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    "If you've been injured through no fault of your own you could be entitled to compensation. If you're unsure if you could claim, I recommend you call Accident Advice Helpline."

    Esther Rantzen

    What is the onus of proof in a claim?

    The onus of proof, or burden of proof, in a claim is the necessity for the claimant to prove that their personal injury after a workplace accident, for instance, was caused by another party, ‘the defendant’.

    Duty of care

    Employers have a legal responsibility, or duty of care, to prevent accidents at work by assessing potential risks and taking all reasonable steps to minimise those risks. Employees also have a duty of care towards one another to work in a manner that does not put them or others at risk of injuries at work.

    Onus of proof

    The onus of proof in a work injury compensation claim would subsequently mean you, the injured party and therefore the claimant, have to provide evidence that your work injury was the result of a breach of duty of care by your employer or a colleague.

    Breach of duty

    An employer may, for example, be in breach of his duty towards you if he did not provide you with:

    • Adequate training in the use of machinery
    • Suitable personal protective equipment for tasks necessitating such equipment
    • Adequate instruction in safety and safe working procedures

    An employer could also be in breach of duty if they:

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    • Failed to maintain equipment and machinery properly
    • Expected you to work in a cold environment for prolonged periods
    • Expected you to work with vibrating equipment for long periods at a time and subsequently expose you to the risk of developing vibration white finger or similar industrial conditions

    Employees could be in breach of duty if they:

    • Ignored safe working or safety procedures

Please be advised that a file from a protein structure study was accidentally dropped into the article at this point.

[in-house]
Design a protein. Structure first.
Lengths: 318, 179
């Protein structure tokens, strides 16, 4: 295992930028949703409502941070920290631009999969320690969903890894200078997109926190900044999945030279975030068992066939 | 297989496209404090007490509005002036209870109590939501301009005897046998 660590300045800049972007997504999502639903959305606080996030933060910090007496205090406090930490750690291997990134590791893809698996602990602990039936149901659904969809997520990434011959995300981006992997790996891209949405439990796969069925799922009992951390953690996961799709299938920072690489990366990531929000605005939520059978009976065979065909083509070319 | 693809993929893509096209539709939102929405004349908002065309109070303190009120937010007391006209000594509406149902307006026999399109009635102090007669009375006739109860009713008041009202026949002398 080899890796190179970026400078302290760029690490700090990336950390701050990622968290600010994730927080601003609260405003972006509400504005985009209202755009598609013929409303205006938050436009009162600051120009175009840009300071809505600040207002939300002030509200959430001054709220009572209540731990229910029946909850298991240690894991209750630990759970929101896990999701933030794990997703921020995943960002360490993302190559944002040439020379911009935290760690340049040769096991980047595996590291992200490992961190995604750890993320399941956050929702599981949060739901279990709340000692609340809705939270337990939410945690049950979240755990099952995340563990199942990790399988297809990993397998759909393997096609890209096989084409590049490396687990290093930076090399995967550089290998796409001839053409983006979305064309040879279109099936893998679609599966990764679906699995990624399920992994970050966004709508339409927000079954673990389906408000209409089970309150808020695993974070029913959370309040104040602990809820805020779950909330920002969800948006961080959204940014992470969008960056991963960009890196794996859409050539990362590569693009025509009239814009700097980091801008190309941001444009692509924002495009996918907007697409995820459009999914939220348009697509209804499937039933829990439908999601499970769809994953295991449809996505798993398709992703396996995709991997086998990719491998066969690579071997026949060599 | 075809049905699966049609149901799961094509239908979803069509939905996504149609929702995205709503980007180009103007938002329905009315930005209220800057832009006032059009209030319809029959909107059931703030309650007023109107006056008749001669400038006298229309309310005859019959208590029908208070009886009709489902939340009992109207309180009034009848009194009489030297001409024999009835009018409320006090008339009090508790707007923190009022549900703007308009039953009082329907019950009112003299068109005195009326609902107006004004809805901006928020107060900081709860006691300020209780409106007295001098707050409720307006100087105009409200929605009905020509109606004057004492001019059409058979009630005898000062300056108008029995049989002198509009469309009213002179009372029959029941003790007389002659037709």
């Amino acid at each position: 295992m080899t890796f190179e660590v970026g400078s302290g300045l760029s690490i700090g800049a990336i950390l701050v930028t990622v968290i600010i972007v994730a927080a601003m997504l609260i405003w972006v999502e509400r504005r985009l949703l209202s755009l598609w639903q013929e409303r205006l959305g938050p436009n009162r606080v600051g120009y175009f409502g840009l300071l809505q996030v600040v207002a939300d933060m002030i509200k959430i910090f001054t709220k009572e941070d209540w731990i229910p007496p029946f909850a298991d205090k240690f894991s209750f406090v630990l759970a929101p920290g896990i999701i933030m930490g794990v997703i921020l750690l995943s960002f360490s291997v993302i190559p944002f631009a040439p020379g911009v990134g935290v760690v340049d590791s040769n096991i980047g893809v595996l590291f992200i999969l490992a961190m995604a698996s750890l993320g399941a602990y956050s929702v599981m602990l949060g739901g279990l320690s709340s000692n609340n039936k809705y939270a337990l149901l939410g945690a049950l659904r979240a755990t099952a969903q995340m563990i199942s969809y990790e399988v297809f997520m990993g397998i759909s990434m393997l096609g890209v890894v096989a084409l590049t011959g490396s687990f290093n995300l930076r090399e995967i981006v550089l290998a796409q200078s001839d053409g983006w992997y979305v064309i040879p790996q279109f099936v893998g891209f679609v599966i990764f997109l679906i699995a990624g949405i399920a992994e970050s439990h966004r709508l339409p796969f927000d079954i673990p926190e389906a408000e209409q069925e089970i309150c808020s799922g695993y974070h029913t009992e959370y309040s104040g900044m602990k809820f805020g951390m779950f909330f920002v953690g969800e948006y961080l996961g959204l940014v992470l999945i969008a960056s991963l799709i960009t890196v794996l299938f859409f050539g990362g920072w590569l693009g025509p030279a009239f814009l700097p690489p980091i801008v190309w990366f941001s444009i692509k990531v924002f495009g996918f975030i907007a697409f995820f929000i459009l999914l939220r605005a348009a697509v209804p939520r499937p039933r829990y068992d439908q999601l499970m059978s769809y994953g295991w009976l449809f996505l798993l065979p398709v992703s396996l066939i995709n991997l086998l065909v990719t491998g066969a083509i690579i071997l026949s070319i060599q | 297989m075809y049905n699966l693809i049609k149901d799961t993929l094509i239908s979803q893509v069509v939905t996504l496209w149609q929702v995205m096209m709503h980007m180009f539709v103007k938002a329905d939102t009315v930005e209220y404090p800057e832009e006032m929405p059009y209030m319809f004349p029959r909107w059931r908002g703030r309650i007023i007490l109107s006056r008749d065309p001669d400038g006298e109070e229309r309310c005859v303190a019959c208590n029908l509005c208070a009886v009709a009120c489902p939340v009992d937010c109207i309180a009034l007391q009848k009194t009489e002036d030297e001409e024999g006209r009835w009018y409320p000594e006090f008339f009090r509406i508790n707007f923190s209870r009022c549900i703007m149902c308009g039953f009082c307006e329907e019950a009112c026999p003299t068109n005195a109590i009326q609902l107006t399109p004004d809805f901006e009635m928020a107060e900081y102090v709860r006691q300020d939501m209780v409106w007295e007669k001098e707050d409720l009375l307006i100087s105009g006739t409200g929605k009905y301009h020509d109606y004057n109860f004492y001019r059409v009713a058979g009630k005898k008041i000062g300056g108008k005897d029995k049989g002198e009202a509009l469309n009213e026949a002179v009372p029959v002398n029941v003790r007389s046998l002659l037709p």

• Acted inappropriately
    • Tampered with equipment

    In short, anything your employer or colleagues do or do not do that will put you at risk of being injured in a workplace accident or developing a work-related illness could be considered a breach of duty.


    Evidence to support your work accident claim may include:

    • Photos of your injury, the scene of the accident and, if applicable, the equipment that caused your injury at work
    • Witness statements
    • Your medical records detailing your injury, its extent and any treatment and medication you required in order to recover
    • Statements by attending medical personnel

    If you are claiming for any expenses you incurred as a result of your workplace injury, you will also need to provide the receipts for such expenses.

    Accident Advice Helpline

    We can help you gather all the necessary evidence to prove your case and support your claim. Call us on 0800 689 0500, or 0333 500 0993 from your mobile, now to learn more.

    Date Published: April 29, 2016

    Author: Accident Advice

    Accident Advice Helpline (or AAH) is a trading style of Slater Gordon Solutions Legal Limited. Slater Gordon Solutions Legal Limited is a company registered in England and Wales with registration number 07931918, VAT 142 8192 16, registered office Dempster Building, Atlantic Way, Brunswick Business Park, Liverpool, L3 4UU and is an approved Alternative Business Structure authorised and regulated by the Solicitors Regulation Authority. Authorised and regulated by the Financial Conduct Authority.

    Disclaimer: This website contains content contributed by third parties, therefore any opinions, comments or other information expressed on this site that do not relate to the business of AAHDL or its associated companies should be understood as neither being held or endorsed by this business.

    No-Win No-Fee: *Subject to insurance costs. Fee payable if case not pursued at client's request.